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Minnesota Twins history: Anatomy of a winner

A front office has a number of avenues to traverse when it comes to building a roster. Here's how the Minnesota Twins have constructed their winners.

Rick Stewart/Getty Images

Earlier this week, MLB Trade Rumors posted a fantastic Q&A with Andy MacPhail. Currently the President of the Philadelphia Phillies, MacPhail was the General Manager for the Minnesota Twins during their World Series runs in 1987 and 1991. He was at the helm of the organization from 1985 (when he was just 32 years old), and did an impressive job turning around the club not just once but twice.

In 1986 the Twins won just 71 games, finishing sixth in a seven-team American League West. In 1990 the team won 74, but finished dead last in the division. On both occasions, MacPhail was able to build around a core of familiar faces to supplement the roster and, ultimately, construct a winner.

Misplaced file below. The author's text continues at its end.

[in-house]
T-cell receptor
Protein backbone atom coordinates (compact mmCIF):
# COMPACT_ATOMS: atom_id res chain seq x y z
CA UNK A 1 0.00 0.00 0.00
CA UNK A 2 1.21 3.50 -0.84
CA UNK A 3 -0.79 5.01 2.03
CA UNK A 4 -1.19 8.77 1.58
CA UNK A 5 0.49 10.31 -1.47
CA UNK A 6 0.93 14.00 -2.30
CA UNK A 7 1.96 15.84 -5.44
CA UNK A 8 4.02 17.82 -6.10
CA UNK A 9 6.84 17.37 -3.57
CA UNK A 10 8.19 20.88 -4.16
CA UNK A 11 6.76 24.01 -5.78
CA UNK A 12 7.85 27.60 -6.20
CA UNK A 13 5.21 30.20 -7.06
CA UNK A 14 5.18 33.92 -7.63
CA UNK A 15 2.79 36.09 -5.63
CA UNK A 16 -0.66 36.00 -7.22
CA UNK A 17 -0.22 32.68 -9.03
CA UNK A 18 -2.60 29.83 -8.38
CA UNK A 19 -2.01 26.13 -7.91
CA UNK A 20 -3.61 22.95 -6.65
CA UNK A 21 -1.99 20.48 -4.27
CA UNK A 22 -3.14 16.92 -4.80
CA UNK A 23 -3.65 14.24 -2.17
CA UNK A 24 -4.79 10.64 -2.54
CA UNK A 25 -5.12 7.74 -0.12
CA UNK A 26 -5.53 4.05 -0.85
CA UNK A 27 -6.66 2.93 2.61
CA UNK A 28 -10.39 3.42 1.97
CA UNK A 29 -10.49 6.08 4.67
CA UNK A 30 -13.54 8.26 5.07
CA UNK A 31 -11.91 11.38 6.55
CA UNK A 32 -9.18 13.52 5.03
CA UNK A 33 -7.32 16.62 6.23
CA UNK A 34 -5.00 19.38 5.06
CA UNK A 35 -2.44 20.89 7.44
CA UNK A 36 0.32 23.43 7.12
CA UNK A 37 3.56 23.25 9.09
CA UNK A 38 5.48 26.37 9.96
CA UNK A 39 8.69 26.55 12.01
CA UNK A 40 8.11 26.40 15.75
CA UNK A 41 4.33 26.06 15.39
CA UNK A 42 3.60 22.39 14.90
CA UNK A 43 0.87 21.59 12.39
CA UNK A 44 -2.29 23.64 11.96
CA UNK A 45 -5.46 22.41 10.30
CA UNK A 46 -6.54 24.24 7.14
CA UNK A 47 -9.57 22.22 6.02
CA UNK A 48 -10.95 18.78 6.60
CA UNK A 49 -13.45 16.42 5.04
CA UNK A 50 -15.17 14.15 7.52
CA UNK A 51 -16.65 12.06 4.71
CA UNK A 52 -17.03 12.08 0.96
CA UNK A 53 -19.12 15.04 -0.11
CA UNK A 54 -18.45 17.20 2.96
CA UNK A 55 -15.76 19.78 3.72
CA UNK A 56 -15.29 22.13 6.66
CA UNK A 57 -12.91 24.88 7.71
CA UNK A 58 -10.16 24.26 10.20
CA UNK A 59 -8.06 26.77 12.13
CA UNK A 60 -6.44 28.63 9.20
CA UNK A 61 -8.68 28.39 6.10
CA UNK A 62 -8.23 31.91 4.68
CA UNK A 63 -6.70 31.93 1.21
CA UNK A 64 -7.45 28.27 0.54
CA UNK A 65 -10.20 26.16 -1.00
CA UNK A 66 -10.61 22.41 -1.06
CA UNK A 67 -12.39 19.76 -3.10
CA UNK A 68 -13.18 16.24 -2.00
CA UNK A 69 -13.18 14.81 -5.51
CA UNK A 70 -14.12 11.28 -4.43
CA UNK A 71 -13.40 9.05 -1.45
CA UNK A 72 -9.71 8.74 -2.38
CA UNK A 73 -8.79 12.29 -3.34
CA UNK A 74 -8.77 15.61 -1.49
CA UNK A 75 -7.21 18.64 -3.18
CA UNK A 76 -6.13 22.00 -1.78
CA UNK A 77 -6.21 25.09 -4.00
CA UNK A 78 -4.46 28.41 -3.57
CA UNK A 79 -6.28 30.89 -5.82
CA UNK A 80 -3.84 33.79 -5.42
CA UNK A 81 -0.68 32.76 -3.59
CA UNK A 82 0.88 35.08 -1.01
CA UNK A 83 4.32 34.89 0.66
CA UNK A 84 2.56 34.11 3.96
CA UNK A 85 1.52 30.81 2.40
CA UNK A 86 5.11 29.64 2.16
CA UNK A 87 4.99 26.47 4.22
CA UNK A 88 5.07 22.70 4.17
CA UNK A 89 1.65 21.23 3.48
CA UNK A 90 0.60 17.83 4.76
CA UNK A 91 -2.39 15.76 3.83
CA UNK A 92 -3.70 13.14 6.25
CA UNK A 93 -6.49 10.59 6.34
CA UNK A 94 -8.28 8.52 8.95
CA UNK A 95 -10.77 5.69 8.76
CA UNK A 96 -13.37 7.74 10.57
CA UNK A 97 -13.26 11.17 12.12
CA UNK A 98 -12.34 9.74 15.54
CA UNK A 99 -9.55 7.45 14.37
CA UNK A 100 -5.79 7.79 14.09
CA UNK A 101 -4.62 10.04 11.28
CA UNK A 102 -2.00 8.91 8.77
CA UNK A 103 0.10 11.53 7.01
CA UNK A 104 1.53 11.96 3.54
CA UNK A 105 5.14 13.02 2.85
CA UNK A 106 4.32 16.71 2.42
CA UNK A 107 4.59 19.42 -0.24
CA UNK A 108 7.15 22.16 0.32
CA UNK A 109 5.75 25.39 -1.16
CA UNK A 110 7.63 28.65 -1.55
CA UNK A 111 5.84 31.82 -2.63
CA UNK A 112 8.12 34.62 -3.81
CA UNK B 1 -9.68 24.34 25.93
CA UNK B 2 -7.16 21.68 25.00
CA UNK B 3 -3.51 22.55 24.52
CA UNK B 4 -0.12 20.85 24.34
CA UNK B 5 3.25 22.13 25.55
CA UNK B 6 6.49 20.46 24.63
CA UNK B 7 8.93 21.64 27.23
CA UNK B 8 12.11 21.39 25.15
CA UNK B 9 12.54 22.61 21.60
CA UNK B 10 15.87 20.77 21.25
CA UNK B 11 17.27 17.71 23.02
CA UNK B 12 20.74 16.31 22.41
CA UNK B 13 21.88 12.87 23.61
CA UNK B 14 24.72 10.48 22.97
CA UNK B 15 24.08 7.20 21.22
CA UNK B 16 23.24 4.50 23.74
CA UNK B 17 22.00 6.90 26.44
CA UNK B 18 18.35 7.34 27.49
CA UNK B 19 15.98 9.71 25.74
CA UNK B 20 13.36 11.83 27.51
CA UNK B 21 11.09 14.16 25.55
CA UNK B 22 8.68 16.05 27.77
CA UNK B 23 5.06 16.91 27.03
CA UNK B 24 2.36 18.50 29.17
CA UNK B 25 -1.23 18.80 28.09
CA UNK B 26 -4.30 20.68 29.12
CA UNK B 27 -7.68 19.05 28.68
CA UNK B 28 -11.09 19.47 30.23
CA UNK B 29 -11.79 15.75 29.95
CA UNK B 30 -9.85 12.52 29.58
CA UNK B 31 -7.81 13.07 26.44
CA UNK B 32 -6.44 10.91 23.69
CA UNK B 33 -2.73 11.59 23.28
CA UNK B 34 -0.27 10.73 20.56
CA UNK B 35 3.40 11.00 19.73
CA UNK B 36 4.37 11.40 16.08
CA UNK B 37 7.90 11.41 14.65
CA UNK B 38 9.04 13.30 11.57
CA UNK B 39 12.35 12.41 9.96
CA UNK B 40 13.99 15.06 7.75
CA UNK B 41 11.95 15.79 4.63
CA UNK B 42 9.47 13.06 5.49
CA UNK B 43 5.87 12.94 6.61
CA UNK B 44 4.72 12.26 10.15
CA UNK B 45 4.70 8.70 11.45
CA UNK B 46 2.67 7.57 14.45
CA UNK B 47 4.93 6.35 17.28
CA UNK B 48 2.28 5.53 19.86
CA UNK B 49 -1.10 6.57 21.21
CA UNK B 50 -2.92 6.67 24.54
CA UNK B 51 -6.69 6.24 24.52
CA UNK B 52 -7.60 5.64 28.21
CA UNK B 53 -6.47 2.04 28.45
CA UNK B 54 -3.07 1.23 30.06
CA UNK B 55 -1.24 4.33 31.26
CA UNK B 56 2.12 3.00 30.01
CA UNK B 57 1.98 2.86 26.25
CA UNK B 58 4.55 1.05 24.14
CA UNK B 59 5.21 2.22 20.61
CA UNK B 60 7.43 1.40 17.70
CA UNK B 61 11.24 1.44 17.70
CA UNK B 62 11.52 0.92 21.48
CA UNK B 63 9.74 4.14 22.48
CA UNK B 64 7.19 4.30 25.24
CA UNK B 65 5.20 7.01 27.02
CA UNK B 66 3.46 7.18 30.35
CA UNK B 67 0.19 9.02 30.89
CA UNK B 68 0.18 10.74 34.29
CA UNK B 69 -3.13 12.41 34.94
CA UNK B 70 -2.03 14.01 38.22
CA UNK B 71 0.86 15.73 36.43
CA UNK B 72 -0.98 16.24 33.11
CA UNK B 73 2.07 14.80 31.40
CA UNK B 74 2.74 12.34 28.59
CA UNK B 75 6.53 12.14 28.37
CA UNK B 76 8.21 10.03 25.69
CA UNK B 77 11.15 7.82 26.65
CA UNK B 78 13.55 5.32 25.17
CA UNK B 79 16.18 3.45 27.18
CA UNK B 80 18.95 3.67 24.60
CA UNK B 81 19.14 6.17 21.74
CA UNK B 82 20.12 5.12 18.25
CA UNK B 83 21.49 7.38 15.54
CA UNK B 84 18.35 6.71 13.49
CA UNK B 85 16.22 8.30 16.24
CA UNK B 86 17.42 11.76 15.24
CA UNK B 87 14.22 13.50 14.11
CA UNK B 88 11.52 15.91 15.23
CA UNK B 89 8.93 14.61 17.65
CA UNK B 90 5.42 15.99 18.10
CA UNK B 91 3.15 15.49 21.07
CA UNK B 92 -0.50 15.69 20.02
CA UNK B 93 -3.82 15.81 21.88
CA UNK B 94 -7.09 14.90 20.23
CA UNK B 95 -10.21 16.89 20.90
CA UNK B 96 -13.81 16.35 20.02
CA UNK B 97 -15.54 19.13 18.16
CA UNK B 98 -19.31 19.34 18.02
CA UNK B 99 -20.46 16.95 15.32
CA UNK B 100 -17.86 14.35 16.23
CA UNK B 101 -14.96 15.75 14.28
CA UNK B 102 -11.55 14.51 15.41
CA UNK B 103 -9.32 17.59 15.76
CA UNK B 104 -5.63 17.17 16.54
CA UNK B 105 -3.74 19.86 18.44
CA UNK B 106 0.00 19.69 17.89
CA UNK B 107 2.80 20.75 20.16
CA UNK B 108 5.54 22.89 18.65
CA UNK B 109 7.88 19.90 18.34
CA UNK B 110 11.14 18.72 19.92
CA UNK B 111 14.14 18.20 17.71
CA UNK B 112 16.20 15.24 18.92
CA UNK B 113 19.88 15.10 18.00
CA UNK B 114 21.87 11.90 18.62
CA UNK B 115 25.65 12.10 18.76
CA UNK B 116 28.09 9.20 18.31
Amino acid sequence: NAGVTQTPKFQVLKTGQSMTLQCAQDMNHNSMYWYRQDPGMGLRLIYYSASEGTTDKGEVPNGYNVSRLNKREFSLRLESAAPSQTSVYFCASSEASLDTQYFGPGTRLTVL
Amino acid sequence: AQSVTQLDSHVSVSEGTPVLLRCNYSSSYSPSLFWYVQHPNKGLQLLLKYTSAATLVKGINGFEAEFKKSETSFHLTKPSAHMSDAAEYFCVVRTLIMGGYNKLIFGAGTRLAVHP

Building off of MLBTR's conversation with MacPhail, I took a spin through Twins history to nail down just how wide Minnesota has had to cast their net in piecing together their division-leading teams. I've broken down the 30 players with the most playing time on each of the eight playoff-bound Minnesota clubs since 1991, and split acquisitions into seven categories: draft, Major League free agents, trades, international signings, minor league free agents, waiver claims, and Rule 5 pickups.

Just a couple of notes before we get started.

  • I endeavored to keep a 15/15 split between pitchers and position players, but just because of how things play out that wasn't always something I could stick to. When it came down to that 30th player and I was choosing between 20 relief innings and 40 plate appearances, I made a call.
  • The 1965, 1969, and 1970 clubs were excluded from this exercise because of the fundamental differences in roster construction at that time. Killebrew, Carew, Oliva, Allison, Versalles - they were all considered to be signed as amateur free agents. It's fair to say that an overwhelming majority of any team during this period was building a team based off of those amateur free agents, trades, and little else.